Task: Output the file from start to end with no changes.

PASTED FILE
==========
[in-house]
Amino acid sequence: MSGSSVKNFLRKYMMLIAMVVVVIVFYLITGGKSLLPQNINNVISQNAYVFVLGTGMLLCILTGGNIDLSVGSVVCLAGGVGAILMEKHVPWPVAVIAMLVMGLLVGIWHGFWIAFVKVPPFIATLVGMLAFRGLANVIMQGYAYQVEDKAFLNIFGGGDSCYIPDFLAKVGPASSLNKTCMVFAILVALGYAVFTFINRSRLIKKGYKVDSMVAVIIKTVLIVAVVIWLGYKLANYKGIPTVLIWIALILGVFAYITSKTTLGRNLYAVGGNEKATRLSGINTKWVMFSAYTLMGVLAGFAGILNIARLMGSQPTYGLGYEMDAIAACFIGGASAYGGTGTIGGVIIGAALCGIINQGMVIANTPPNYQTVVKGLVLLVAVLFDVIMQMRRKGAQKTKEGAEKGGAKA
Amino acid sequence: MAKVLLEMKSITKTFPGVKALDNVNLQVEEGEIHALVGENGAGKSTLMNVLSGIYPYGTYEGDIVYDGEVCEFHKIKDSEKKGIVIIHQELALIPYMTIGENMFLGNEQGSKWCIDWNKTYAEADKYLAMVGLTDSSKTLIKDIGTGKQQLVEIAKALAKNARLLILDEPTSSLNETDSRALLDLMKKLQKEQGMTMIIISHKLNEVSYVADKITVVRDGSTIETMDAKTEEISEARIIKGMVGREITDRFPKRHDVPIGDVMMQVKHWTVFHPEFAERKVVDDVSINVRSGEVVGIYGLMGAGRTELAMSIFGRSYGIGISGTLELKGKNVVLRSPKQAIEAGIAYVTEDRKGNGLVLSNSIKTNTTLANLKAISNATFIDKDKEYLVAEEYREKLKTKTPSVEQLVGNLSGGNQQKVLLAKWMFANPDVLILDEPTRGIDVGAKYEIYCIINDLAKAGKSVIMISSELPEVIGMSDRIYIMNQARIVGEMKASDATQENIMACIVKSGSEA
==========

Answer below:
[in-house]
Amino acid sequence: MSGSSVKNFLRKYMMLIAMVVVVIVFYLITGGKSLLPQNINNVISQNAYVFVLGTGMLLCILTGGNIDLSVGSVVCLAGGVGAILMEKHVPWPVAVIAMLVMGLLVGIWHGFWIAFVKVPPFIATLVGMLAFRGLANVIMQGYAYQVEDKAFLNIFGGGDSCYIPDFLAKVGPASSLNKTCMVFAILVALGYAVFTFINRSRLIKKGYKVDSMVAVIIKTVLIVAVVIWLGYKLANYKGIPTVLIWIALILGVFAYITSKTTLGRNLYAVGGNEKATRLSGINTKWVMFSAYTLMGVLAGFAGILNIARLMGSQPTYGLGYEMDAIAACFIGGASAYGGTGTIGGVIIGAALCGIINQGMVIANTPPNYQTVVKGLVLLVAVLFDVIMQMRRKGAQKTKEGAEKGGAKA
Amino acid sequence: MAKVLLEMKSITKTFPGVKALDNVNLQVEEGEIHALVGENGAGKSTLMNVLSGIYPYGTYEGDIVYDGEVCEFHKIKDSEKKGIVIIHQELALIPYMTIGENMFLGNEQGSKWCIDWNKTYAEADKYLAMVGLTDSSKTLIKDIGTGKQQLVEIAKALAKNARLLILDEPTSSLNETDSRALLDLMKKLQKEQGMTMIIISHKLNEVSYVADKITVVRDGSTIETMDAKTEEISEARIIKGMVGREITDRFPKRHDVPIGDVMMQVKHWTVFHPEFAERKVVDDVSINVRSGEVVGIYGLMGAGRTELAMSIFGRSYGIGISGTLELKGKNVVLRSPKQAIEAGIAYVTEDRKGNGLVLSNSIKTNTTLANLKAISNATFIDKDKEYLVAEEYREKLKTKTPSVEQLVGNLSGGNQQKVLLAKWMFANPDVLILDEPTRGIDVGAKYEIYCIINDLAKAGKSVIMISSELPEVIGMSDRIYIMNQARIVGEMKASDATQENIMACIVKSGSEA